ExEAS Teaching Unit

Using Takeshi Kitano’s Kikujiro in the Undergraduate Classroom
Rachael Hutchinson
Department of Foreign Languages and Literatures
University of Delaware

Takeshi Kitano’s 2000 film Kikujiro is an excellent film for use in a wide range of courses on Japan. It provokes interesting discussions about Japanese culture, society, identity, and film criticism, whether among first-year undergraduates or more advanced undergraduate or M.A. students.

The Film
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Kikujiro dir. by Takeshi Kitano. Culver City , CA : Columbia TriStar Home Video, 2000. 116 minutes. In Japanese with English subtitles.
  • Available for rental from Netflix and through many college libraries. Copies are available for purchase (for under $30) from retail outlets such as Facets Multimedia, Barnes and Noble.com, and Amazon.com.
  • For a review of the film by Sachiko Hiramatsu for the Asian Educational Media Service, see: http://www.aems.uiuc.edu/downloads/Fall2002.pdf
First-Year/Introductory Classes
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Kikujiro can be used in introductory courses to portray Japanese family values and the breakdown of those values in contemporary society: both the main characters are in search of family and feel abandoned by their parents. That one of these characters is a young boy, in the temporary care of the other, a gangster, provides the narrative impetus and gives rise to strong feelings of sympathy for the boy as well as humour. Part of the film’s appeal lies in the highly staged costumes of the latter half, where the film medium seems to give way to conventions of Japanese television humour.
Characters dress up as samurai warriors, kabuki actors, aliens, pieces of fruit, and mythical beings from Japanese culture — all in order to entertain the lonely child. The various costumes can be used as a starting point for discussions of various aspects of Japanese culture, and how they are interpreted in Japan today. Here, the costumes primarily function as jokes, reminiscent of late-night comedy sketches, but the class can discuss what other meanings are signified by the different costumes and why they are being used. In this way, the film can be used as an exploration of the Japanese search for identity, particularly in terms of Kitano’s use of traditional Japanese costumes and dance in the modern context. The class can be asked to discuss why Kitano uses these traditional art forms, and what effect it has on the audience’s understanding of the question of Japan’s “modern” versus “traditional” identity.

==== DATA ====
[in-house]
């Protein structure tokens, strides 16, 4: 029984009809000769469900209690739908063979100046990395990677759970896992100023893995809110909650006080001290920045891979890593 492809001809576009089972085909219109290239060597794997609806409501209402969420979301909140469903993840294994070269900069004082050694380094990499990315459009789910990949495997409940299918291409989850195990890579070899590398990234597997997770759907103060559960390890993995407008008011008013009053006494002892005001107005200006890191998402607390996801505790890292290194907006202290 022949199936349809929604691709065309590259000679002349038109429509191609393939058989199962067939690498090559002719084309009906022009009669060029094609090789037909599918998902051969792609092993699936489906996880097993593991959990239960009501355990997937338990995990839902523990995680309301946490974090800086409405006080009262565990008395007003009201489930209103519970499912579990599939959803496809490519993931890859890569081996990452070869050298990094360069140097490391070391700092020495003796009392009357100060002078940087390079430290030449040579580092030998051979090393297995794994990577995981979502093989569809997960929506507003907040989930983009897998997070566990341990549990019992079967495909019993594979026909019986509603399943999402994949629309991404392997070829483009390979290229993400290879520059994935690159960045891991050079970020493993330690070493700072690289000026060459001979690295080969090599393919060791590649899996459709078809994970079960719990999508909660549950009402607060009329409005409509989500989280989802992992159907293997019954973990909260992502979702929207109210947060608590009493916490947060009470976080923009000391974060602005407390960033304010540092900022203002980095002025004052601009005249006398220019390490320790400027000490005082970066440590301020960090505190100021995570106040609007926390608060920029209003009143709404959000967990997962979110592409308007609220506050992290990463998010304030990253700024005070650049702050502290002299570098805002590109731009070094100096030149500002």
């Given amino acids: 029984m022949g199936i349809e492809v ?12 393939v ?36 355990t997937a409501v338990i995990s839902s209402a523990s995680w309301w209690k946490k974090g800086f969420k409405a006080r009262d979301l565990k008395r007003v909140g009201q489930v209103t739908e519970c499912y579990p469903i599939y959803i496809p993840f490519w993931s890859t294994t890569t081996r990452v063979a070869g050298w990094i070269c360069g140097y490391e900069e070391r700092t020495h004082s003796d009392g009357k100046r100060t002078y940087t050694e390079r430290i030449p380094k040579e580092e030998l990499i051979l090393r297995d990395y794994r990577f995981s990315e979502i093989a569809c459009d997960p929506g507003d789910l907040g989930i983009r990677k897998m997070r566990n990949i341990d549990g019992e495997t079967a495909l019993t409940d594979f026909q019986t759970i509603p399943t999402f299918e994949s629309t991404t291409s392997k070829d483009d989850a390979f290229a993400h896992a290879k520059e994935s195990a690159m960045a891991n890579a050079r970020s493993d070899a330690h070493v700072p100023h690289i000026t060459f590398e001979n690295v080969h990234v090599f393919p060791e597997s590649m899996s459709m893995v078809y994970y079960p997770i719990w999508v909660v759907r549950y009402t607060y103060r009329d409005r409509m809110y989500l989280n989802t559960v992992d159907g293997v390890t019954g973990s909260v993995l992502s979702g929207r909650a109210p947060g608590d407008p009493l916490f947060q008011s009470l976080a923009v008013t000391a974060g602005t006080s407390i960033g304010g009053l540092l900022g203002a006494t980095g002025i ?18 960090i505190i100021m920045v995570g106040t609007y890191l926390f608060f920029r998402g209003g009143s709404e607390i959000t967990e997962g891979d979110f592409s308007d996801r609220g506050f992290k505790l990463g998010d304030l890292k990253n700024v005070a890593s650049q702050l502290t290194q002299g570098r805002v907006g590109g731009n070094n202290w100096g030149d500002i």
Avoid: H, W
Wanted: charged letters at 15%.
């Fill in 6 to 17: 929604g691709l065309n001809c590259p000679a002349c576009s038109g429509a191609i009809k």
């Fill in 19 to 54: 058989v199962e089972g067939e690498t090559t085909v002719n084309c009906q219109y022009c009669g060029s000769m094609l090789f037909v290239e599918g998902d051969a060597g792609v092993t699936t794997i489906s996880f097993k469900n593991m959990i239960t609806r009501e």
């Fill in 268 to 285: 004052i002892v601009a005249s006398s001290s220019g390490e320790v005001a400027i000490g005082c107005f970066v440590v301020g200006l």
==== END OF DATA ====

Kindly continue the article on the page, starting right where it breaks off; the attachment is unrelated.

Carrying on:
This film works extremely well, perhaps even better than Ozu or Kurosawa films, as a starting point for discussions of essentialism and Orientalist readings of Japanese culture, because Kurosawa now seems so old-fashioned to students that his films are seen as “traditional” themselves. With this contemporary film, featuring film star Kitano as the gangster, students are more able to relate to the film as just a film rather than as a “Japanese film.” First-year students in particular are more ready to discuss this film in terms of cinematic techniques and Kitano’s aims as a filmmaker — with older films they can feel intimidated and reluctant to judge the film by their own standards.

Advanced Undergraduate/Graduate Classes
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For advanced undergraduates or graduate students, the discussion of Japanese identity can be used as a jumping-off point for questioning the dominant arguments of secondary critical literature on Japanese film. As Yoshimoto Mitsuhiro has argued, many critics of Japanese film read films in terms of “how Japanese they are”, an outmoded and Orientalist reading technique. As a seminar activity, Kitano’s use of Japanese dance in Kikujiro can be contrasted with Kurosawa’s use of Noh theatre in Throne of Blood (1957). Critical readings of the latter film tend to focus on Kurosawa’s “Japanese sensibility” and how “natural” it is that a great Japanese director should utilise his cultural heritage. However, students should be able to distinguish between this kind of essentialist reading and a reading which asks about the construction of the film itself — why has the director chosen to construct the film in such a manner, and what does the film have to say to the audience?